Author: Kathleen Killem
I need to get into a creative space! Could mean; I need to lock myself in my room with no internet access and stare at the blank pages of my note book without food or water all weekend. Or it could just be that I need to relax, remember why I love it and take a deep breath so creativity can flow. Creative anxiety can be described as the state of distress that impedes progress of expression of insight or creative thought. I had to construct this definition because the concept is relatively unfamiliar and not yet thoroughly analyzed by psychology. I did find an article on a study of children, teens and adults where almost all children were considered creative geniuses at age five (when compared to standards such as Mozart or Einstein) but displayed 96% creative decline by age 18. (medium.com) The study concludes that we are likely born creative and lose the capacity over time due to societal conformity.
Think about how old you were the first time you couldn’t find anything to wear? The first time you felt like colors needed to match to be acceptable and to whom. I wore red cowboy boots to school everyday in first grade. Stomping with confidence.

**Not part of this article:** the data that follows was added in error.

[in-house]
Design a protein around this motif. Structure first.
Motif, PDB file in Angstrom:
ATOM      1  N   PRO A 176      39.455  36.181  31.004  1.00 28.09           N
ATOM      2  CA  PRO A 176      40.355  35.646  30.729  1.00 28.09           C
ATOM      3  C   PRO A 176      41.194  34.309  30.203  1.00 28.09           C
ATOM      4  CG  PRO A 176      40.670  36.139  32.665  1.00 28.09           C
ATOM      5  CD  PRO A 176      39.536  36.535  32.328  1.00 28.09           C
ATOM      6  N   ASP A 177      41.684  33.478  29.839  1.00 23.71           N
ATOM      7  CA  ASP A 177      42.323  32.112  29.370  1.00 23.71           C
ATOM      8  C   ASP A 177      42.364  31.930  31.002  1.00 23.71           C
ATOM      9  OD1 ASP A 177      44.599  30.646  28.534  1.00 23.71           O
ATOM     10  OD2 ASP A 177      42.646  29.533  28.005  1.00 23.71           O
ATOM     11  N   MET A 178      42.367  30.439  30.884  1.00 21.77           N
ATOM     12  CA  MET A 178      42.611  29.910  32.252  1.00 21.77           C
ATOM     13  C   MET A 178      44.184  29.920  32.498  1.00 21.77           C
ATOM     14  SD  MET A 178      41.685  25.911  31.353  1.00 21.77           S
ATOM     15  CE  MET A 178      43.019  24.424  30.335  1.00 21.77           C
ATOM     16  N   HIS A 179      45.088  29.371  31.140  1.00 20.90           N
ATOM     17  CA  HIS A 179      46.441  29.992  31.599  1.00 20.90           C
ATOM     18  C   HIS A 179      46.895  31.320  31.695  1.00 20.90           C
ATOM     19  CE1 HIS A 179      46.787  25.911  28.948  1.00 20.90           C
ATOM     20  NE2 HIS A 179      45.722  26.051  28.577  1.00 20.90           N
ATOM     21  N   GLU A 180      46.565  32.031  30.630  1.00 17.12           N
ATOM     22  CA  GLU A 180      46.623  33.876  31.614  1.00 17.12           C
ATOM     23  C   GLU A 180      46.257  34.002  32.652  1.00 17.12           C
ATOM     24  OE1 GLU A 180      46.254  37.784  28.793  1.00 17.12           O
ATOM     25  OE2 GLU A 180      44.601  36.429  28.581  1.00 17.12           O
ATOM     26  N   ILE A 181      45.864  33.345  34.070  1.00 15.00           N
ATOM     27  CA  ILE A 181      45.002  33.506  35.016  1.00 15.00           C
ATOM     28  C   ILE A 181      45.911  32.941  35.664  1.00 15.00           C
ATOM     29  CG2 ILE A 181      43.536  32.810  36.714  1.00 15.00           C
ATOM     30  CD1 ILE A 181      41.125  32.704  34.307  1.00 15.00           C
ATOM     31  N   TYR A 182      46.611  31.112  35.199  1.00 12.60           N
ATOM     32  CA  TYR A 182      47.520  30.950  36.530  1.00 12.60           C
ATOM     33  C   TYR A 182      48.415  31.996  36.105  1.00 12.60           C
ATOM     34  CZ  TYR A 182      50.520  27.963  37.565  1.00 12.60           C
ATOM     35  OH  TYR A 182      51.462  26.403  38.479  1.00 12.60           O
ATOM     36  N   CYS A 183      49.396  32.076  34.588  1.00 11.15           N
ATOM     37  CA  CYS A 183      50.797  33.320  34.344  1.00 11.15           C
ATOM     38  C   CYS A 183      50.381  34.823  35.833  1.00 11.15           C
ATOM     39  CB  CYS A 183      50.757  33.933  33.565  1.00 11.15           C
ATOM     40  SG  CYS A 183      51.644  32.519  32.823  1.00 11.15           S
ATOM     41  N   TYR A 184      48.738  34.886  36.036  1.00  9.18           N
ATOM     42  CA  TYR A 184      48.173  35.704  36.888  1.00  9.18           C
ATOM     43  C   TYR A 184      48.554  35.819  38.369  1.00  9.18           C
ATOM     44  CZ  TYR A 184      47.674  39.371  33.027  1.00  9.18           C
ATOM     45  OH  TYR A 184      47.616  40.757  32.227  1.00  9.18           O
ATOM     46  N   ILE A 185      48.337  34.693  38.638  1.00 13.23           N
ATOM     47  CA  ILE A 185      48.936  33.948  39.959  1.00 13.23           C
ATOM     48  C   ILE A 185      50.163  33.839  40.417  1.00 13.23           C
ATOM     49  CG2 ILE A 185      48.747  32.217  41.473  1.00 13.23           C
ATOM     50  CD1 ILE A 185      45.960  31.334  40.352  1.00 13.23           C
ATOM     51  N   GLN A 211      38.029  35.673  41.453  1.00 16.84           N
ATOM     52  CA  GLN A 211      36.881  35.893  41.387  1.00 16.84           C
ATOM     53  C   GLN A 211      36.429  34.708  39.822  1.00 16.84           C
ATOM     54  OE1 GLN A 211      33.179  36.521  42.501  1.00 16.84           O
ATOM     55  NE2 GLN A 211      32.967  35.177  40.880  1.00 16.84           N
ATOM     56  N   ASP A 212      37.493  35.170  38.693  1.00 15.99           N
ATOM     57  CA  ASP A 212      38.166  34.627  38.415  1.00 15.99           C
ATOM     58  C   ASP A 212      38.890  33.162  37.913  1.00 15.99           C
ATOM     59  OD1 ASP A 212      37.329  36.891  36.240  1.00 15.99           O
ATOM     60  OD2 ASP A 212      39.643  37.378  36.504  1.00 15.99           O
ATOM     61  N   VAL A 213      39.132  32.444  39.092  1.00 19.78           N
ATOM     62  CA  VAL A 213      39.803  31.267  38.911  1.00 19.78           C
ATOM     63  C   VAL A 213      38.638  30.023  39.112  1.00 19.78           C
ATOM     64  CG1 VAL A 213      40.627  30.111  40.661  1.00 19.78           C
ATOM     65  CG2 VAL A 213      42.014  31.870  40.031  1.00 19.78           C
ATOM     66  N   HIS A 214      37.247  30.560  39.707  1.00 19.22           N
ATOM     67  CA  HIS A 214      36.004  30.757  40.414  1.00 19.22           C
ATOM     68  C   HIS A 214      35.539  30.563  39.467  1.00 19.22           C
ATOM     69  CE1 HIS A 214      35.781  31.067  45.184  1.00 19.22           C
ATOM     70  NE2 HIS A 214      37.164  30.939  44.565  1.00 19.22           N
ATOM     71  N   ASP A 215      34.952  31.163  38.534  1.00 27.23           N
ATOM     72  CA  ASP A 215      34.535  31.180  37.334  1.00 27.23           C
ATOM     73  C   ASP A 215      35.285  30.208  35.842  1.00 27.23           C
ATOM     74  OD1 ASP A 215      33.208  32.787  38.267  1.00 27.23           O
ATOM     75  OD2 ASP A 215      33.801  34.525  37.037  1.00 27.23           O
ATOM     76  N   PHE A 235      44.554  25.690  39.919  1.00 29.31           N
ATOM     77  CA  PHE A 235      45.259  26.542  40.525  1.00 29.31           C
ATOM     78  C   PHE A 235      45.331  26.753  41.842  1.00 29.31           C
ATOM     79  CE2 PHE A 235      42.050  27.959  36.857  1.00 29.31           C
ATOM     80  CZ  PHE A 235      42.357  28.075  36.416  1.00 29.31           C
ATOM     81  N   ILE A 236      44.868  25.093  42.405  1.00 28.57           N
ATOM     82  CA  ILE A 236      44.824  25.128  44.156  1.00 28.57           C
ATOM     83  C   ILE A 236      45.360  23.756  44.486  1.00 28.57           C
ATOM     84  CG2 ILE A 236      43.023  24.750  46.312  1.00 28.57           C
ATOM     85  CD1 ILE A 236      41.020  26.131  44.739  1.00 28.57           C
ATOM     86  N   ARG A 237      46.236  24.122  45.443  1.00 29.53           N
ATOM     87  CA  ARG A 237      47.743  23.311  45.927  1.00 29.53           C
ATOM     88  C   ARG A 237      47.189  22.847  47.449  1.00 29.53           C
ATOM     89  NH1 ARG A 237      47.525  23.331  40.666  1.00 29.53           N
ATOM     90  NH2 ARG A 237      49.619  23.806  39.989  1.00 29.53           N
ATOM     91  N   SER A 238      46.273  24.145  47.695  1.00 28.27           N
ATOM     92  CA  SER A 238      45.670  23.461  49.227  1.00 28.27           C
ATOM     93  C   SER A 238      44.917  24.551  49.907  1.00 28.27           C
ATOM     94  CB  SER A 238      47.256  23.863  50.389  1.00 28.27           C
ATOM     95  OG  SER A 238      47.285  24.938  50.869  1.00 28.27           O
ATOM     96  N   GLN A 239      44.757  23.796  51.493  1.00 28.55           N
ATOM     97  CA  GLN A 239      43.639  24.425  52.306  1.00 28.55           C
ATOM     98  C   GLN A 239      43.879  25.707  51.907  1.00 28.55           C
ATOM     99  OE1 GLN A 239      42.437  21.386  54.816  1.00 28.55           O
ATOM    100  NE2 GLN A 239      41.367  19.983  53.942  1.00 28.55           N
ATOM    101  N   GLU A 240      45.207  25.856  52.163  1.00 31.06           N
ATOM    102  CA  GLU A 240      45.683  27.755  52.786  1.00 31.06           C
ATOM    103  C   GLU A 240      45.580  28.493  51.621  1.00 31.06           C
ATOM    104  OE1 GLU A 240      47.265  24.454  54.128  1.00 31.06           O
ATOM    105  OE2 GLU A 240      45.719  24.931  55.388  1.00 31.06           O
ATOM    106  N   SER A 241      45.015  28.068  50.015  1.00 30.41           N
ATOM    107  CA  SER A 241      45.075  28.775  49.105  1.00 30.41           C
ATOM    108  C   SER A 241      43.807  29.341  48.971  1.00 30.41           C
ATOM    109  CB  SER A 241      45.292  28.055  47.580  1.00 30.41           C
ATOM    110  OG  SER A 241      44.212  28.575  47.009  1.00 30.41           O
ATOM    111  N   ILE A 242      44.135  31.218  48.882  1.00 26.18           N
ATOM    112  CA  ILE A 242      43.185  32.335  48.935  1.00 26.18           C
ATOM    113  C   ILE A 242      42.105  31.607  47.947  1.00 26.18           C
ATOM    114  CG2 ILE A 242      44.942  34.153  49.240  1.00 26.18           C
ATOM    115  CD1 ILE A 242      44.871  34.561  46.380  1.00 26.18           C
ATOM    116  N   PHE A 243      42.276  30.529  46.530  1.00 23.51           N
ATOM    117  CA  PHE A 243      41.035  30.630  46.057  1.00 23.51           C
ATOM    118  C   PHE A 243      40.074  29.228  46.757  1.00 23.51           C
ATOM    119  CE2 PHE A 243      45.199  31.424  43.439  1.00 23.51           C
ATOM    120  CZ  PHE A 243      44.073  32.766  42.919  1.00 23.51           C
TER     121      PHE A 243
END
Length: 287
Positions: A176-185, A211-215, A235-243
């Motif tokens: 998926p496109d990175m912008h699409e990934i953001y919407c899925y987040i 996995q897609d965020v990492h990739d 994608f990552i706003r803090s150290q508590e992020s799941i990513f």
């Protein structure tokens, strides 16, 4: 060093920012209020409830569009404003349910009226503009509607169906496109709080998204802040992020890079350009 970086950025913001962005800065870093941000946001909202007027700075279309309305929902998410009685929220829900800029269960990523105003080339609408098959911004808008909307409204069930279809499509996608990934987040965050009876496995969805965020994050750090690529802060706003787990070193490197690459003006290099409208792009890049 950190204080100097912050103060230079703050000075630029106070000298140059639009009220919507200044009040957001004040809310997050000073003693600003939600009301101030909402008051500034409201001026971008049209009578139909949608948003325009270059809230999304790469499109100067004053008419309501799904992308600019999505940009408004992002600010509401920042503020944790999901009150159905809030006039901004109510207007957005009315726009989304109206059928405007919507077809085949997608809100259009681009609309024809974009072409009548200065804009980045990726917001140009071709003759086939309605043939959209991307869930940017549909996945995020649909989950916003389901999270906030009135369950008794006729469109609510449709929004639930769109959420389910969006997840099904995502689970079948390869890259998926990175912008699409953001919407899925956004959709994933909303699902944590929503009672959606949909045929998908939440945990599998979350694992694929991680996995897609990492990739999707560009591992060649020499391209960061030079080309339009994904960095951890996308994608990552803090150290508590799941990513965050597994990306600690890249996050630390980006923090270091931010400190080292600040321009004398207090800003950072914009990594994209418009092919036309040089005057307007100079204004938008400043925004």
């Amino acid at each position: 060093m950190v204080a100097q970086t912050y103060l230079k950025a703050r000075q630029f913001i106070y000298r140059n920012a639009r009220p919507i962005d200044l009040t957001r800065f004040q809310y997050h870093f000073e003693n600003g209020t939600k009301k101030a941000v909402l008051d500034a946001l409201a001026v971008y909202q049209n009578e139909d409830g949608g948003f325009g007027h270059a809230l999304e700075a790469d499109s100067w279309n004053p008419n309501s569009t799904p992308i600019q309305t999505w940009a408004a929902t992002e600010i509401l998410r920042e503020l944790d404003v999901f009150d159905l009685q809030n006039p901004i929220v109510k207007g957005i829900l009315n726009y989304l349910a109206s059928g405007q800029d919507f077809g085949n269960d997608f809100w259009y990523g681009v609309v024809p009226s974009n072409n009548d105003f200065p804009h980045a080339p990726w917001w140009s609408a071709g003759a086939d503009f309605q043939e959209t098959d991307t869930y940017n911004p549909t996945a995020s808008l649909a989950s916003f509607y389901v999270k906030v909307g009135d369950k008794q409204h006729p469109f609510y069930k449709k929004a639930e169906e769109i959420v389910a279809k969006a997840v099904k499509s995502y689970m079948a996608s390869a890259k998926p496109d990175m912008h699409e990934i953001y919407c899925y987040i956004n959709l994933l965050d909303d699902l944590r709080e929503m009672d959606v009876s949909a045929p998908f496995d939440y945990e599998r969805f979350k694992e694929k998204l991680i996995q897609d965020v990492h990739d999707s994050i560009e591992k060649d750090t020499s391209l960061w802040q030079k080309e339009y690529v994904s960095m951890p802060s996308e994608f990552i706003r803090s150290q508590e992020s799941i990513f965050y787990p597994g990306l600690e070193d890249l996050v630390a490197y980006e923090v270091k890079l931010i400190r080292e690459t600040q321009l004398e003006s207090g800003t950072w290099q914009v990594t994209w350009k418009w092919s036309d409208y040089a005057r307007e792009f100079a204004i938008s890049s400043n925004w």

After my break from performance to focus on my wedding season, I struggled to get back into creative “flow”. My “self” was yelling at me to hurry up and provide content to top my last piece, visual or feature. I was overwhelmed by self imposed expectations of navigating a creative profession amidst a rapidly declining audience attention span and growing field of competent creators. I was forcing subject matter, nothing gave me the feeling all artist get when.. you just know. My “self” was saying, “bruh, you suck!” I recently found this quote that accurately described my SOS.
“When we are jumping from idea and idea, topic to topic, chasing achievements, looking for the internal and external rewards, we set ourselves up for frustration”.
I closed my notebook. I increased my prayer time, thanking God for the gift of creation, articulation and any listening audience to impact regardless of size. I surrendered to the idea that my creativity is not mine to evoke on command but a gift I have the privilege of exercising.
I realized my desire to control outcomes was the source of my creative demise. What if I fail? What if I’m wildly successful, blah, blah, blah.
I read more, listened to my favorite artist for inspiration and enjoyment. I vented, a lot. My husband, family and mentors reinforced my confidence and clarity regarding my purpose.
I had to make an effort to just live and let happen.
Creative anxiety is normal and perhaps unavoidable. Research shows, we adopt a mindset of negativity after age 5 to manage expectations and survive human interaction. (insert crying emoji face) How we respond is the key. I hope sharing serves as confirmation; creating and sharing new ideas takes courage, you are not alone to doubt your capabilities, tools/practices can be implemented to overcome and if you never create another thing, you are still dope AF.
Originally Posted By: Spoken By Kathleen